Shan State, Myanmar: Three weeks ago, China took the Western world, specifically Washington, by complete surprise when the senior Chinese Communist Party official Wang Yi emerged in Beijing to announce that Beijing had successfully brokered a historic peace deal between the two erstwhile enemies, Iran and Saudi Arabia. China’s point man was flanked by the representatives of the two countries.
On “What are the implications of the Saudi-Iranian diplomatic deal?” Al Jazeera Inside Story, Hillary Mann Leverett, CEO at political risk consultancy Stratega in McLean, Virginia, went so far as to characterize China as “the (new) indispensable nation” in the Middle East, the energy-strategic region where the United States has for over decades perceived itself as the sole mover and shaker. Indeed, while Washington is busy with its proxy war against the Russian Federation in Ukraine and consumed by its concerns over the Taiwan Strait, China has emerged as the winner.
A crucial customer of both Saudi and Iranian oils, China was able to broker a peace deal between the region’s two old adversaries, which agreed not only to re-establish diplomatic ties but also to reactivate a lapsed security cooperation pact … as well as older trade, investment and cultural accords,” according to the New York Times.
Among Myanmar watchers, the news from the Middle East has reignited an interest in China’s mediating role in Myanmar’s conflicts which have been raging on for decades and have intensified since the universally unpopular coup of February 2021 by Min Aung Hlaing.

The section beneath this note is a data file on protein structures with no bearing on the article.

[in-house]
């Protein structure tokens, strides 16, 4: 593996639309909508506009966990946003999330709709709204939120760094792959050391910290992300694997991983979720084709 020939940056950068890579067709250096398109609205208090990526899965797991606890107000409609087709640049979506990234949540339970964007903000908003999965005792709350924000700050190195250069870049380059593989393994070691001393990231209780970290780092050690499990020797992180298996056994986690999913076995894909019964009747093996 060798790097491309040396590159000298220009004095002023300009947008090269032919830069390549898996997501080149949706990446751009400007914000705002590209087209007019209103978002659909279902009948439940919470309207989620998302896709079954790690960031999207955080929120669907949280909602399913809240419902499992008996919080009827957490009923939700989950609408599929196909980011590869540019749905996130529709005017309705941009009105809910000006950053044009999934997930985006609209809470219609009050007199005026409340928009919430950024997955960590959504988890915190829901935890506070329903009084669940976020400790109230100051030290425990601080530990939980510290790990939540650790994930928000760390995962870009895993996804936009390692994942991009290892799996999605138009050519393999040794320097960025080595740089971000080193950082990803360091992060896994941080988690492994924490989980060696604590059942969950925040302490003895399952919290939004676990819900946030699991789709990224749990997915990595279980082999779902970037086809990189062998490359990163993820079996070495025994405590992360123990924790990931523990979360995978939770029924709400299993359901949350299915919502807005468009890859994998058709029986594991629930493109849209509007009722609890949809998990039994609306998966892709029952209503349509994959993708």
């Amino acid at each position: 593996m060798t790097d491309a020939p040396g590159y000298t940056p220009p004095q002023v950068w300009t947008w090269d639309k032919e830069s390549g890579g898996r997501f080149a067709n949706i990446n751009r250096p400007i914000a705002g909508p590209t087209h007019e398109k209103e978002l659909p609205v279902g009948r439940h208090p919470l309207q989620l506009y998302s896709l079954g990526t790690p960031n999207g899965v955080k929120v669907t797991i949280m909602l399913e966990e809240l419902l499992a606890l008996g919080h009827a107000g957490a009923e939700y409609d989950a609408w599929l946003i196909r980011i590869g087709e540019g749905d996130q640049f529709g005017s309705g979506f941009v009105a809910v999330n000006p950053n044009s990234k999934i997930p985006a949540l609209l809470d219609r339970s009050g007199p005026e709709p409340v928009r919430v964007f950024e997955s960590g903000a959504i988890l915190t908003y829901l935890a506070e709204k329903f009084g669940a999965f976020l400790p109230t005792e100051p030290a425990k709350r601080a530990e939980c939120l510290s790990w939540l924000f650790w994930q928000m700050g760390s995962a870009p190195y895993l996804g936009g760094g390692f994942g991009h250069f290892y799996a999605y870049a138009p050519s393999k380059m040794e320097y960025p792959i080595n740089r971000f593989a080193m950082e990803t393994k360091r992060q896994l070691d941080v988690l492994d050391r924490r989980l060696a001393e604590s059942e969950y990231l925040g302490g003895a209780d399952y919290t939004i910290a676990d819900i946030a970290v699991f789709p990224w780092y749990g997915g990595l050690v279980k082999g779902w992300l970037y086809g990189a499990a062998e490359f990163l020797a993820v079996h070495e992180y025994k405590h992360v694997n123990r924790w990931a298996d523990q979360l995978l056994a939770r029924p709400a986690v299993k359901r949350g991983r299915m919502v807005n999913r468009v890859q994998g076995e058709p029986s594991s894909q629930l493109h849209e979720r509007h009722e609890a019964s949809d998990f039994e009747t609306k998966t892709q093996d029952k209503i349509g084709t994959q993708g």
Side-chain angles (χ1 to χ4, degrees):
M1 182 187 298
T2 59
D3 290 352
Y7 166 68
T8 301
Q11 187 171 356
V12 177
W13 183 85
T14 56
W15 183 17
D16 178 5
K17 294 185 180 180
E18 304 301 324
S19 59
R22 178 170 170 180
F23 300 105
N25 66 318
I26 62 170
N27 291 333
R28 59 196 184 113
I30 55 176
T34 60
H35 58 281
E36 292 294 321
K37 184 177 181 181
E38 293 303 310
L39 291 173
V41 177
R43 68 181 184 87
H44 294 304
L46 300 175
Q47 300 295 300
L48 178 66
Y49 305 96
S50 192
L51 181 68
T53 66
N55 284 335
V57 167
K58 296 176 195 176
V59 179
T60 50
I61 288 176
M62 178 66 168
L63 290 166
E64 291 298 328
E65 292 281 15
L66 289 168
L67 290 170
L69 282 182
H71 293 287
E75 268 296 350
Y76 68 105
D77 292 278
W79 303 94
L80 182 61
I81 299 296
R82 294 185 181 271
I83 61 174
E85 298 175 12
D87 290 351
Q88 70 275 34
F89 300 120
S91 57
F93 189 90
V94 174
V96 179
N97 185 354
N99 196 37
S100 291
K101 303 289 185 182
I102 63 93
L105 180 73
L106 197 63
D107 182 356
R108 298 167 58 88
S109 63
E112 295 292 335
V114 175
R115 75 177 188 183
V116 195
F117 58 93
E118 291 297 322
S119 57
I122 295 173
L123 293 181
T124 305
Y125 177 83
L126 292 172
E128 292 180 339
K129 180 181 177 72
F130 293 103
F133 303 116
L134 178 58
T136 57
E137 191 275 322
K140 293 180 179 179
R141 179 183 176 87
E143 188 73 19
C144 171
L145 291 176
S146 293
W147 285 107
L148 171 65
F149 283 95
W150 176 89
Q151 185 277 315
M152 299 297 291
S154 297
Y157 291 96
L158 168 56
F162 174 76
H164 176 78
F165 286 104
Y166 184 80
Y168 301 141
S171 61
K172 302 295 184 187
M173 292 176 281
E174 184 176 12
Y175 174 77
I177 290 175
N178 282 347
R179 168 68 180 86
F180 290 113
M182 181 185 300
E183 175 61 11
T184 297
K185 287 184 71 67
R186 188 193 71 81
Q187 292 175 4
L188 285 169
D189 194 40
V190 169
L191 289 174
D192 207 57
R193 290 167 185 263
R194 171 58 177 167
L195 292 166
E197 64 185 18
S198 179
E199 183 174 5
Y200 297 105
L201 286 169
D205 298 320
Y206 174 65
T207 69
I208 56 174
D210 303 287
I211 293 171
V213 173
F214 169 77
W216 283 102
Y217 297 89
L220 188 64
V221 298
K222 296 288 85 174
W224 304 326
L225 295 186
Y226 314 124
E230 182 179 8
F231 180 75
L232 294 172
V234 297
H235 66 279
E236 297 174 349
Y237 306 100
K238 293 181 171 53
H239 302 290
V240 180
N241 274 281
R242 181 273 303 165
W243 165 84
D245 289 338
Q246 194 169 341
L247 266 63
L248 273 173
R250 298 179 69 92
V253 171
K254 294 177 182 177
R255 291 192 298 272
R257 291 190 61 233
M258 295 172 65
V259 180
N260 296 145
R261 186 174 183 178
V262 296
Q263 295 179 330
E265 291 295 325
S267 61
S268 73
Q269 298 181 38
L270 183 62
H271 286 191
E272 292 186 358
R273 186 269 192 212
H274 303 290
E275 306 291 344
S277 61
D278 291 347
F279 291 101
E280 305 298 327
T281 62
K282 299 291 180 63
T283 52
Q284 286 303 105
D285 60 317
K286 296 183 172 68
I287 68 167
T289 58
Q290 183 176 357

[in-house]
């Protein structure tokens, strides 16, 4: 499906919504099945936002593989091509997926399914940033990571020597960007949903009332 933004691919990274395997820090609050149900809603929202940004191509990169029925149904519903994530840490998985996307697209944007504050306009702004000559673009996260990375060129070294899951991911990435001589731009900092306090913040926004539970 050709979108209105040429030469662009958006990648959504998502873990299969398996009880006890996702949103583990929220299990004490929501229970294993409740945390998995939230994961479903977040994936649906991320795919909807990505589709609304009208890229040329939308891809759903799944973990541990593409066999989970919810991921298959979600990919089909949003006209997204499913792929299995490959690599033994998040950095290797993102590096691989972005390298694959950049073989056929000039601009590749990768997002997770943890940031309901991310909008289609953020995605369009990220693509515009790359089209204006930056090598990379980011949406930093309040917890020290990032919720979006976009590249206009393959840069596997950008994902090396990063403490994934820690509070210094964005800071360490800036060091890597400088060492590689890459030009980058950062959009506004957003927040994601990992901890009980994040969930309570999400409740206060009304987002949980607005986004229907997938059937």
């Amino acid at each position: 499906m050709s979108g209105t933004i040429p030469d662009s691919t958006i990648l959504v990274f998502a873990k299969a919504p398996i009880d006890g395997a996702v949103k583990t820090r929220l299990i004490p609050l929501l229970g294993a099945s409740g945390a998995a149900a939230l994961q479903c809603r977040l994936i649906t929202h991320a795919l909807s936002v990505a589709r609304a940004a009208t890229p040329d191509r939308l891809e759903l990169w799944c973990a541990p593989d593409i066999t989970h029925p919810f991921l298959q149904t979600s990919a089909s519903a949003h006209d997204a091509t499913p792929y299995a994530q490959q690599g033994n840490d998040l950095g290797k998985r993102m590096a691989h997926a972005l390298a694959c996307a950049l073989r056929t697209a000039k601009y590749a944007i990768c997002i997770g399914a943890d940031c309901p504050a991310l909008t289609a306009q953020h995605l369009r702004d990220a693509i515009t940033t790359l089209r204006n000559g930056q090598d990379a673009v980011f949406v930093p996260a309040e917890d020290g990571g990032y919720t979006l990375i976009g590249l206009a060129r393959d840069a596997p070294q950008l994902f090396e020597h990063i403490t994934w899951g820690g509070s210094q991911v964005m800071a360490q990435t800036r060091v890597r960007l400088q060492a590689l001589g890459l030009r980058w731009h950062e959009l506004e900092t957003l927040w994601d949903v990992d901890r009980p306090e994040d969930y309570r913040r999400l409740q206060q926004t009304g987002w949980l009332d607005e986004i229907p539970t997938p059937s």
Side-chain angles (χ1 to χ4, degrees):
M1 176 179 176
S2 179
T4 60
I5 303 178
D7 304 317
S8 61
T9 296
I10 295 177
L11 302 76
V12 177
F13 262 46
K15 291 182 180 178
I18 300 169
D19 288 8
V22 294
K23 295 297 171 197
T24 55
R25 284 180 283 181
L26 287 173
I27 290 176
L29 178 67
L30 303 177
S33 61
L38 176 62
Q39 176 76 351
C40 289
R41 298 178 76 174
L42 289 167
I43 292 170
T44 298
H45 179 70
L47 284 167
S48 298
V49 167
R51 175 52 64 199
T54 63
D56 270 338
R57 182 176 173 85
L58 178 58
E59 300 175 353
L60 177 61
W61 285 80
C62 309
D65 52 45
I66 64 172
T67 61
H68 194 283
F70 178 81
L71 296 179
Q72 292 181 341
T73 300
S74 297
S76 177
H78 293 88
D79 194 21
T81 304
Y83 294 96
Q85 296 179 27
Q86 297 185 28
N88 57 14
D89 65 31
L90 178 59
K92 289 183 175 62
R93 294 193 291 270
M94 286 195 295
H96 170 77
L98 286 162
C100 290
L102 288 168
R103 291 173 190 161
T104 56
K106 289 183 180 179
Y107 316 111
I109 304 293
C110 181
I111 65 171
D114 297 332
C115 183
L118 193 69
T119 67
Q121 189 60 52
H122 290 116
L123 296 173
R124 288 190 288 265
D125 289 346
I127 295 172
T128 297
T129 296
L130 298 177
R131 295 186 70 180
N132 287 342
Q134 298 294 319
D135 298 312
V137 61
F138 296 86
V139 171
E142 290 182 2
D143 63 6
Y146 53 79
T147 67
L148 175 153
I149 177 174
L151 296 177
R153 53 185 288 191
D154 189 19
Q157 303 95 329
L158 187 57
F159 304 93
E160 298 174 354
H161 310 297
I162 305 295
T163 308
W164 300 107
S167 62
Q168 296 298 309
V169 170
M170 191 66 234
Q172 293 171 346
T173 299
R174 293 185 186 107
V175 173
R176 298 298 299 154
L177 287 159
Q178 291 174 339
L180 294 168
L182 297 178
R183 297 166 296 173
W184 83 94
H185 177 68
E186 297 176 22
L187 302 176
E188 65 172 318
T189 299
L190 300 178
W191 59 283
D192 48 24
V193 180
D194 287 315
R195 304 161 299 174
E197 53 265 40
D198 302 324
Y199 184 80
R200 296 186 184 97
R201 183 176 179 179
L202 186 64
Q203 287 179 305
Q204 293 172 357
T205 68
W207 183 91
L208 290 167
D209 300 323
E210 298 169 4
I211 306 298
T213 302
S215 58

FORSEA co-founder and a long-time Burmese dissident Maung Zarni told this author that “China should be playing an effective peace-mediator role in Burma, instead of simply pursuing a narrow set of its own economic and geopolitical interests. This approach will not succeed, nor will it serve the interests of Myanmar people.”
In its southern backyard of Myanmar, China shares over 1,000 miles of borders with its Burmese neighbour, yet Beijing’s approach to peace and stability is incoherent and deeply unpopular with the public in Myanmar. For the Chinese Communist Party is not seen as an honest broker, but rather as an external actor, which favours the status quo, that is, the popularly rejected military regime in Naypyidaw.
Beneath the surface of its official rhetoric of non-interference, Beijing is using all its leverage to reshape Myanmar to suit its economic interests and geostrategic agendas. For leverage, China uses the Federal Political Negotiation Consultative Committee (FPNCC) made up of 7 ethnic armed groups in bases alongst the Sino-Burmese borders as its le. They are the UWSA, Kachin Independence Army, National Democratic Alliance Army (NDAA), Shan State Progress Party (SSPP), Arakan Army, Ta’ang National Liberation Army, and Myanmar National Democratic Alliance Army.
China’s approach to “peace mediation” is hardly inclusive. Instead, Beijing focuses on stability in areas directly linked to its economic interests and energy security (such as the twin-gas and oil pipeline which originates in Myanmar’s conflict-soaked coastal region of Rakhine where the genocide of Rohingya took place).
The emergence of a multi-party democracy within the framework of a federalist state, a popular cry among Myanmar’s multi-ethnic public, is not a concern for China’s foreign policy-makers although such a political arrangement is widely seen as the only way to bring an end to Myanmar’s 7-decades of political strife and violent conflicts and put the country on the path towards lasting stability.
Since the military coup of 2021 which ousted the government of Aung San Suu Kyi, China is believed to have focused on preventing the coup junta from dissolving her National League for Democracy (NLD). So, when the junta’s Election Commission announced the dissolution of the NLD and 39-other political parties, including the second largest political party, the Shan National League for Democracy, which won seats in the 2020 elections, Beijing’s consent was assumed to be a key factor.